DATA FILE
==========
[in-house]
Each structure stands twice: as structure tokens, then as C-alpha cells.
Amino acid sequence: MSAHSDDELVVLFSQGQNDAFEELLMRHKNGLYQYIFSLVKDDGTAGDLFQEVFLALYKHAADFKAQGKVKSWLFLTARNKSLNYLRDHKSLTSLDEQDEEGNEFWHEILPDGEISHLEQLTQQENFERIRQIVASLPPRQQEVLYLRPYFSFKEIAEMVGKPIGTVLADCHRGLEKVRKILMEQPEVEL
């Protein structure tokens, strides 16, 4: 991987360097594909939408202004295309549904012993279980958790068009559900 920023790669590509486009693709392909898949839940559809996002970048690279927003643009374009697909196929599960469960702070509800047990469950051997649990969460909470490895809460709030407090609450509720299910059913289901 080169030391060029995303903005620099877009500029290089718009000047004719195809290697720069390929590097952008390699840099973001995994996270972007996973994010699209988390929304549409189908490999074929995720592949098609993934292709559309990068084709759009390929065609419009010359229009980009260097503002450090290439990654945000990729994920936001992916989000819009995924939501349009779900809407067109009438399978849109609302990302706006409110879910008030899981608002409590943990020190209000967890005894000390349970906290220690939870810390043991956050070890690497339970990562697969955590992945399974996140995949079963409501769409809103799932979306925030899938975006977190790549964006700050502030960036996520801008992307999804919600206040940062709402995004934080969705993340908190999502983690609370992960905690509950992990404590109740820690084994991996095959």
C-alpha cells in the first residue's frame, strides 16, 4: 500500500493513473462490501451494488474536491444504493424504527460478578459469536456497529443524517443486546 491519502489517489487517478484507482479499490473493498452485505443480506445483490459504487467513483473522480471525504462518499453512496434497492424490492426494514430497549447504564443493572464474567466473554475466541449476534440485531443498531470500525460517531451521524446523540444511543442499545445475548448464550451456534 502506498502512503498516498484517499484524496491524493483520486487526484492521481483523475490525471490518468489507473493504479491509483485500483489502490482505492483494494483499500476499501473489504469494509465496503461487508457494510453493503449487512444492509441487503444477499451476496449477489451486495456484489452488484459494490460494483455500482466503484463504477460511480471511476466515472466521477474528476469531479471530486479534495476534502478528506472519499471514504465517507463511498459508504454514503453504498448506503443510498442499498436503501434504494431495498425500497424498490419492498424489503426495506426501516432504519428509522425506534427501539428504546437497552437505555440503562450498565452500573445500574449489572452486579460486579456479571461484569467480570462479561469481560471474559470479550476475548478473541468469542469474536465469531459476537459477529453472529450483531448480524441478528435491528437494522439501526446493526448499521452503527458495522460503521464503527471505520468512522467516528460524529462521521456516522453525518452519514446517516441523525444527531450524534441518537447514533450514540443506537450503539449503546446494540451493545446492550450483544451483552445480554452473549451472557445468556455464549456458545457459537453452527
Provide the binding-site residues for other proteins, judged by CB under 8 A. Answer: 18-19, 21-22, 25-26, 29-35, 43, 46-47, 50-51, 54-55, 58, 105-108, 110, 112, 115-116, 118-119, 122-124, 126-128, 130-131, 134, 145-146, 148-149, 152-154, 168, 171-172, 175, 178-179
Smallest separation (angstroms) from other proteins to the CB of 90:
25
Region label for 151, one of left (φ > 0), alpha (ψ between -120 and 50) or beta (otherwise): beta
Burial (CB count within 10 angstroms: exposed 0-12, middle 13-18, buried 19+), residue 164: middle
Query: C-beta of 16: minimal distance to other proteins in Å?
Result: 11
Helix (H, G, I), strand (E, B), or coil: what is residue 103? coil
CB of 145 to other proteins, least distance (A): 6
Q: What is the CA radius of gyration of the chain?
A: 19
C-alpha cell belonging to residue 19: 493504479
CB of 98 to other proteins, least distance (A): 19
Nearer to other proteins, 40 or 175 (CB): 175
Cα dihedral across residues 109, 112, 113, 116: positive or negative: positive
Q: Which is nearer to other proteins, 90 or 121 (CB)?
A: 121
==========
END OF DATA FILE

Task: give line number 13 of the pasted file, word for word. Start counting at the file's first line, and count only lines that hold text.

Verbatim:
Helix (H, G, I), strand (E, B), or coil: what is residue 103? coil